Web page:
a deadly interstate in a
state of dangerous roads

in the past 6 years
4thamong the 10 most
deadly interstates
in the United States

according to an analysis by EverQuote, an online service that helps consumer compare auto insurance quotes.Down

Nearly everyong in Forth Worth and Dallas ventures onto Interstate 30 at some point, putting their lives at risk.

I-30 funnels high volumes of automobiles, pickups and 18 wheelers at high speeds through the congested Forth Worth-Dallas metro area and eastward into Arkansas.

I-30 has notorious distinction of being ranked among the 10 Deadliest deadly interstates in the nation, according to a recent study.

The study used 2010 to 2015 data from the Natiional Highway Traffic Safety Administration’s fatal accident reporting system, as well as data from EverDrive, an app that EverQuote designed with Cambridge Mobile Telematics to monitor drivers’ phone activity while their cars are in motion.


Interstate 30 is a crash debris-strewn example of the increasing danger of Texas roads. There are more vehicles on the roads, more tractor trailers and unfortunately more distracted drivers.

crashaccording to the
Texas Department
of Transportation.

from 2015 - 2016
with more than 3,700 deaths reported

The Texas Traffic Safety Task Force
projects that traffic deaths will increase to

4,800by the year

The Texas Traffic Safety Task Force recommends a number of measures to reduce crashes on Texas roads, including both highway sfety engineering improvements and driver education and behavior modification.

Rumble strips

Rumble strips

Rumble strips help prevent run-off-the-road accidents and head-on collisions, which account for 38 percent of serious and fatal crashes in Texas, The task force recomments installing rumble strips and centerline strips on up to 20,000 miles of roads to alert drivers. Potential lives saved: 850 to 900.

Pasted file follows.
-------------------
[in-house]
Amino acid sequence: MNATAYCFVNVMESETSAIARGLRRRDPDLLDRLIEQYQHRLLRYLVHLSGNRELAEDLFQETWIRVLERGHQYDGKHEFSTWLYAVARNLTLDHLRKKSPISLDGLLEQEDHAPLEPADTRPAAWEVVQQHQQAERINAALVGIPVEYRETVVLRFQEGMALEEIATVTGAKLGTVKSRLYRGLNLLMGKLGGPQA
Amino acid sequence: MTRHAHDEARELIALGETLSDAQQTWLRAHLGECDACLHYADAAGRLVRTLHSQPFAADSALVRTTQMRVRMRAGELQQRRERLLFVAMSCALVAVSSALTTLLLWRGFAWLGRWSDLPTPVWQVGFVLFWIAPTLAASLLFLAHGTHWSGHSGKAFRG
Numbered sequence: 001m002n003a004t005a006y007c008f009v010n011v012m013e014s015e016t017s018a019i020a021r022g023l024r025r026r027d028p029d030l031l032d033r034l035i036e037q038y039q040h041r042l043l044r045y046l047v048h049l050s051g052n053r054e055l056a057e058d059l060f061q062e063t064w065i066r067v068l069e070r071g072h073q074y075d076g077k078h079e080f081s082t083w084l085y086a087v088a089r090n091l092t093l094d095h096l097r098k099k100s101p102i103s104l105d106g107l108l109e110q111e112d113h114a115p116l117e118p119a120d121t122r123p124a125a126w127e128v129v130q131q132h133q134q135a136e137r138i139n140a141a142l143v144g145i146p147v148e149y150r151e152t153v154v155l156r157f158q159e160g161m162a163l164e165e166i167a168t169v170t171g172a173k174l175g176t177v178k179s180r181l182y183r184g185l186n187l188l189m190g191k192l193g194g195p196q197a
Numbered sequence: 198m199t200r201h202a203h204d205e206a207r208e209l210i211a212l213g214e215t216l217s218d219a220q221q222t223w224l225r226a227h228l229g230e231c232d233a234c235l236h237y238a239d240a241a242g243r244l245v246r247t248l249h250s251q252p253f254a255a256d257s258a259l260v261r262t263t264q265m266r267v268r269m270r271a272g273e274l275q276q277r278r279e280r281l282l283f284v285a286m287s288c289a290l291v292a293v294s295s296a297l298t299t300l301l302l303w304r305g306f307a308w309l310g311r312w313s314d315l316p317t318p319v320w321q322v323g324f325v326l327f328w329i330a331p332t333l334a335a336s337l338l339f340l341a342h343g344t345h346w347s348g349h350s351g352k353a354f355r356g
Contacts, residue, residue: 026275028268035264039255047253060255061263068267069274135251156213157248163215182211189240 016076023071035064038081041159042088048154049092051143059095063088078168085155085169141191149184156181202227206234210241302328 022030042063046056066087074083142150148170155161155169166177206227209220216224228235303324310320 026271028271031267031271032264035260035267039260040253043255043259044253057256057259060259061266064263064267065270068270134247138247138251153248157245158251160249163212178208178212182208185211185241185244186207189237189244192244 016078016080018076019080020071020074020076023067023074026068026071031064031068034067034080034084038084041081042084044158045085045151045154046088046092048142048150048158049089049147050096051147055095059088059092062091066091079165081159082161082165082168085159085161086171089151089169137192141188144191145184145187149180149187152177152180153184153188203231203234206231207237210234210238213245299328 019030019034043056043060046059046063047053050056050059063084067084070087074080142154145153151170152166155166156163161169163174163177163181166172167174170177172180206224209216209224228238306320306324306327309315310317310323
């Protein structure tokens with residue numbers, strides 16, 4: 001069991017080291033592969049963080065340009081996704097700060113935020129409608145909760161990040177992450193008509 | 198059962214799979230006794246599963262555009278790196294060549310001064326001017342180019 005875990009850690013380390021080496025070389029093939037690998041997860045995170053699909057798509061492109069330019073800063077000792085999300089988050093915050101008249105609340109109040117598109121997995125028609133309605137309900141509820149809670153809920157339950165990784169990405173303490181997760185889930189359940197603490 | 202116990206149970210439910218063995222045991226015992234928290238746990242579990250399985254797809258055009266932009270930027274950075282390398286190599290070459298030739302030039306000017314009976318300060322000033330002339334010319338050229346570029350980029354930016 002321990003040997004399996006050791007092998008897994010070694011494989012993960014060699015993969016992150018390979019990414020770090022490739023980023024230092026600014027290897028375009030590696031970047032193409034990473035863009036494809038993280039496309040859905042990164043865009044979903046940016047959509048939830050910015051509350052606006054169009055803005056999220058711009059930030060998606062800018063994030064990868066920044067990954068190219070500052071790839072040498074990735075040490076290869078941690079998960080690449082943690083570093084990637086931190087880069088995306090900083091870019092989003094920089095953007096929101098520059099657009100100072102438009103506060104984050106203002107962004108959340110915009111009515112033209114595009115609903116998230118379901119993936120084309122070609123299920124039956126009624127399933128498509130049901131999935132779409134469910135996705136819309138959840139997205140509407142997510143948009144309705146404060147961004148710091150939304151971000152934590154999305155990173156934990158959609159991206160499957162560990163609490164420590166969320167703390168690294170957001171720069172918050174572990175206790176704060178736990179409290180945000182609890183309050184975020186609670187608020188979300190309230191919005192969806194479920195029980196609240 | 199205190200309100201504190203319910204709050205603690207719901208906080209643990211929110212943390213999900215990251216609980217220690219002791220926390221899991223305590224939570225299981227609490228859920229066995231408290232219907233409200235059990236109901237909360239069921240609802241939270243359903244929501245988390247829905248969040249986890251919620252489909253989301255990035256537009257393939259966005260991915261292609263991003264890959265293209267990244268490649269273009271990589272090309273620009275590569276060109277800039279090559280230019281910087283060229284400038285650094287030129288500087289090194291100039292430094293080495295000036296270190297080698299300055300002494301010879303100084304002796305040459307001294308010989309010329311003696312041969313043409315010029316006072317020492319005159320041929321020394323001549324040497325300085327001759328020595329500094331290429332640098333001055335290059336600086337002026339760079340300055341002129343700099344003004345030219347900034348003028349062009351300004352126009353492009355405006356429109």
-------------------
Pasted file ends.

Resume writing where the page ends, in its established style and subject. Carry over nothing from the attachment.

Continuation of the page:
Median Barriers

Median Barriers

Installation of more than 1,100 miles of additional concrete and cable median barriers on divided highways will help prevent head-on collisions and reduce traffic fatalities and serious injuries. Potential lives saved: 400 to 700.


Widen Narrow Highways and Bridges

Highways with narrow lanes are a safety concern. It’s a particular issue with rural two-lane highways. Widen up to 25 percent of narrow highways ranked by crash risk. Potential lives saved: 200 to 300.


Traffic Management System Improvements

Traffic management systems such as electronic message signs providing alternate travel times to the public, vehicle detectors and weather sensors can reduce traffic congestion and save lives. Improvements to traffic management systems could prevent up to 21,000 crashes per year. Potential lives saved: 500 to 900.


High-Friction Pavement Treatment

Treating certain sections of highway pavement to increase friction is particularly beneficial in reducing wet weather crashes. Approximately 1,000 curves have been identified as having higher than average numbers of wet weather crashes. Potential Lives saved: 25 to 50.

Wrong-Way Crashes and
Counter Measuers